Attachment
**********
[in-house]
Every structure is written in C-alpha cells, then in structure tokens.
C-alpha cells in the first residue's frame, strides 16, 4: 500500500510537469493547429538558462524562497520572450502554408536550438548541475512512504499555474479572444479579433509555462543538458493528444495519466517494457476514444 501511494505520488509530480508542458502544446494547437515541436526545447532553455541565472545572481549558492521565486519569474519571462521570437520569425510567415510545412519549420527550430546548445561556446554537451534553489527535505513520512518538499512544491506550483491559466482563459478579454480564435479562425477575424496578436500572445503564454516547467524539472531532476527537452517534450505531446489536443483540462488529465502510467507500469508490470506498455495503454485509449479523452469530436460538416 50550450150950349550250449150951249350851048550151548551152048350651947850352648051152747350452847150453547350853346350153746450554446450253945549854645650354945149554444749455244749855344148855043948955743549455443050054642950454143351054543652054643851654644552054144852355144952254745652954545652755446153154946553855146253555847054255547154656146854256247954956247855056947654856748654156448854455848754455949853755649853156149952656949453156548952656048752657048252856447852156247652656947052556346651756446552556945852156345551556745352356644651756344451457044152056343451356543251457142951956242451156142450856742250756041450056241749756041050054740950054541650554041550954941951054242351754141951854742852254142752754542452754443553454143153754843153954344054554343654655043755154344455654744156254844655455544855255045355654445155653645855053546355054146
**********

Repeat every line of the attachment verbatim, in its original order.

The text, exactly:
[in-house]
Every structure is written in C-alpha cells, then in structure tokens.
C-alpha cells in the first residue's frame, strides 16, 4: 500500500510537469493547429538558462524562497520572450502554408536550438548541475512512504499555474479572444479579433509555462543538458493528444495519466517494457476514444 501511494505520488509530480508542458502544446494547437515541436526545447532553455541565472545572481549558492521565486519569474519571462521570437520569425510567415510545412519549420527550430546548445561556446554537451534553489527535505513520512518538499512544491506550483491559466482563459478579454480564435479562425477575424496578436500572445503564454516547467524539472531532476527537452517534450505531446489536443483540462488529465502510467507500469508490470506498455495503454485509449479523452469530436460538416 50550450150950349550250449150951249350851048550151548551152048350651947850352648051152747350452847150453547350853346350153746450554446450253945549854645650354945149554444749455244749855344148855043948955743549455443050054642950454143351054543652054643851654644552054144852355144952254745652954545652755446153154946553855146253555847054255547154656146854256247954956247855056947654856748654156448854455848754455949853755649853156149952656949453156548952656048752657048252856447852156247652656947052556346651756446552556945852156345551556745352356644651756344451457044152056343451356543251457142951956242451156142450856742250756041450056241749756041050054740950054541650554041550954941951054242351754141951854742852254142752754542452754443553454143153754843153954344054554343654655043755154344455654744156254844655455544855255045355654445155653645855053546355054146